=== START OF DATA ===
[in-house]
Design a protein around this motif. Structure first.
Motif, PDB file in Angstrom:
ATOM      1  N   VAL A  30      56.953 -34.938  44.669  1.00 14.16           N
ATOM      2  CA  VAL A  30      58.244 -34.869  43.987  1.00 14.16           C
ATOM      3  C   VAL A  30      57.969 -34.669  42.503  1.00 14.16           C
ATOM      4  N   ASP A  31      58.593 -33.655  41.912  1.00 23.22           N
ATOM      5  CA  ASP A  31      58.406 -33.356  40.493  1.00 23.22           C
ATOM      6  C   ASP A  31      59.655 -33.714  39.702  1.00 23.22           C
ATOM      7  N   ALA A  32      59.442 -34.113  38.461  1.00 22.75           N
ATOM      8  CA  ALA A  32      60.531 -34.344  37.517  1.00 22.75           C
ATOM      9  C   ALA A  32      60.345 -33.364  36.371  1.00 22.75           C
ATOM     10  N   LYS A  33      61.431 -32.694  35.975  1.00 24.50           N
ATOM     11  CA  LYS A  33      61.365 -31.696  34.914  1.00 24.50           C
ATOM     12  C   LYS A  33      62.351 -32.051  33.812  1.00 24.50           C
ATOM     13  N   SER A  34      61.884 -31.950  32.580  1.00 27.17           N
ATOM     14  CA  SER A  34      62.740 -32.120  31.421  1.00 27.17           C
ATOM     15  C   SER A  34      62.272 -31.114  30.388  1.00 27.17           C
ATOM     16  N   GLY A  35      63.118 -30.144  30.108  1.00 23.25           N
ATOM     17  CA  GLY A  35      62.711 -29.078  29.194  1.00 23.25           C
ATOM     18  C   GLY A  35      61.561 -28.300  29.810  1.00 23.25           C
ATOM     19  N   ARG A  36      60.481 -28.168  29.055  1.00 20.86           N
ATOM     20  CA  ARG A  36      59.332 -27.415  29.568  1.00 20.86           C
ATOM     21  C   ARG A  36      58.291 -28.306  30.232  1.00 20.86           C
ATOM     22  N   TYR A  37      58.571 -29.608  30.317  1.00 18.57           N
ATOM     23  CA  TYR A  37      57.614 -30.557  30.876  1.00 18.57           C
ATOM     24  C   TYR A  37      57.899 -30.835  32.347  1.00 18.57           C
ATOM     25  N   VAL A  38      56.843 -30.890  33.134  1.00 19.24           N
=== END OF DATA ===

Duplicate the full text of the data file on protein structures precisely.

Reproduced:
[in-house]
Design a protein around this motif. Structure first.
Motif, PDB file in Angstrom:
ATOM      1  N   VAL A  30      56.953 -34.938  44.669  1.00 14.16           N
ATOM      2  CA  VAL A  30      58.244 -34.869  43.987  1.00 14.16           C
ATOM      3  C   VAL A  30      57.969 -34.669  42.503  1.00 14.16           C
ATOM      4  N   ASP A  31      58.593 -33.655  41.912  1.00 23.22           N
ATOM      5  CA  ASP A  31      58.406 -33.356  40.493  1.00 23.22           C
ATOM      6  C   ASP A  31      59.655 -33.714  39.702  1.00 23.22           C
ATOM      7  N   ALA A  32      59.442 -34.113  38.461  1.00 22.75           N
ATOM      8  CA  ALA A  32      60.531 -34.344  37.517  1.00 22.75           C
ATOM      9  C   ALA A  32      60.345 -33.364  36.371  1.00 22.75           C
ATOM     10  N   LYS A  33      61.431 -32.694  35.975  1.00 24.50           N
ATOM     11  CA  LYS A  33      61.365 -31.696  34.914  1.00 24.50           C
ATOM     12  C   LYS A  33      62.351 -32.051  33.812  1.00 24.50           C
ATOM     13  N   SER A  34      61.884 -31.950  32.580  1.00 27.17           N
ATOM     14  CA  SER A  34      62.740 -32.120  31.421  1.00 27.17           C
ATOM     15  C   SER A  34      62.272 -31.114  30.388  1.00 27.17           C
ATOM     16  N   GLY A  35      63.118 -30.144  30.108  1.00 23.25           N
ATOM     17  CA  GLY A  35      62.711 -29.078  29.194  1.00 23.25           C
ATOM     18  C   GLY A  35      61.561 -28.300  29.810  1.00 23.25           C
ATOM     19  N   ARG A  36      60.481 -28.168  29.055  1.00 20.86           N
ATOM     20  CA  ARG A  36      59.332 -27.415  29.568  1.00 20.86           C
ATOM     21  C   ARG A  36      58.291 -28.306  30.232  1.00 20.86           C
ATOM     22  N   TYR A  37      58.571 -29.608  30.317  1.00 18.57           N
ATOM     23  CA  TYR A  37      57.614 -30.557  30.876  1.00 18.57           C
ATOM     24  C   TYR A  37      57.899 -30.835  32.347  1.00 18.57           C
ATOM     25  N   VAL A  38      56.843 -30.890  33.134  1.00 19.24           N